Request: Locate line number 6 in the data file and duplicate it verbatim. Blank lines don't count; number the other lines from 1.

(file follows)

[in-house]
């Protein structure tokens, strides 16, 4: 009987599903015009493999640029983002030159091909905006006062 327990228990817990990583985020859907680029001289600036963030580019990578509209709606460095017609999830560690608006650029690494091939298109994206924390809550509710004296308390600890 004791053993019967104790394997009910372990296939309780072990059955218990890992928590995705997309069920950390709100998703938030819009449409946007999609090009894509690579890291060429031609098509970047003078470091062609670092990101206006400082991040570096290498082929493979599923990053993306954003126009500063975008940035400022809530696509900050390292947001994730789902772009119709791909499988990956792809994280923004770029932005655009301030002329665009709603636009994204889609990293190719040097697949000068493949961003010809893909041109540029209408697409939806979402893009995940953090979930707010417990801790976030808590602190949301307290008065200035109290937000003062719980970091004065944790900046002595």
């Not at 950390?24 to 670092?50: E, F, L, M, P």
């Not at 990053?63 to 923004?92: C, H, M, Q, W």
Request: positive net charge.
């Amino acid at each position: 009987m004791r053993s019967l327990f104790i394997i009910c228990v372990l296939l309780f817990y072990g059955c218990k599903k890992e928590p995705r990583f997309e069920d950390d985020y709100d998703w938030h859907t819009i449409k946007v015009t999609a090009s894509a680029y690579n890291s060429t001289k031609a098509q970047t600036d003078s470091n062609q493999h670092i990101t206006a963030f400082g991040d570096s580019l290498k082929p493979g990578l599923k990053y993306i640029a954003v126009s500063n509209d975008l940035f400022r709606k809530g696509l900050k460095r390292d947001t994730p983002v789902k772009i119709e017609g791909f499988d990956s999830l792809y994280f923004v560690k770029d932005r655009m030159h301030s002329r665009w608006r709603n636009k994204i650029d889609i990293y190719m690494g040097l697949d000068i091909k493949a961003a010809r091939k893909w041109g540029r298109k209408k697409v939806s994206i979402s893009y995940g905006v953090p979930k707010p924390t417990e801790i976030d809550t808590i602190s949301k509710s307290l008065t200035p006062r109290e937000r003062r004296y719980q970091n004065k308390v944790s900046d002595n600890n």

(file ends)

């Amino acid at each position: 009987m004791r053993s019967l327990f104790i394997i009910c228990v372990l296939l309780f817990y072990g059955c218990k599903k890992e928590p995705r990583f997309e069920d950390d985020y709100d998703w938030h859907t819009i449409k946007v015009t999609a090009s894509a680029y690579n890291s060429t001289k031609a098509q970047t600036d003078s470091n062609q493999h670092i990101t206006a963030f400082g991040d570096s580019l290498k082929p493979g990578l599923k990053y993306i640029a954003v126009s500063n509209d975008l940035f400022r709606k809530g696509l900050k460095r390292d947001t994730p983002v789902k772009i119709e017609g791909f499988d990956s999830l792809y994280f923004v560690k770029d932005r655009m030159h301030s002329r665009w608006r709603n636009k994204i650029d889609i990293y190719m690494g040097l697949d000068i091909k493949a961003a010809r091939k893909w041109g540029r298109k209408k697409v939806s994206i979402s893009y995940g905006v953090p979930k707010p924390t417990e801790i976030d809550t808590i602190s949301k509710s307290l008065t200035p006062r109290e937000r003062r004296y719980q970091n004065k308390v944790s900046d002595n600890n």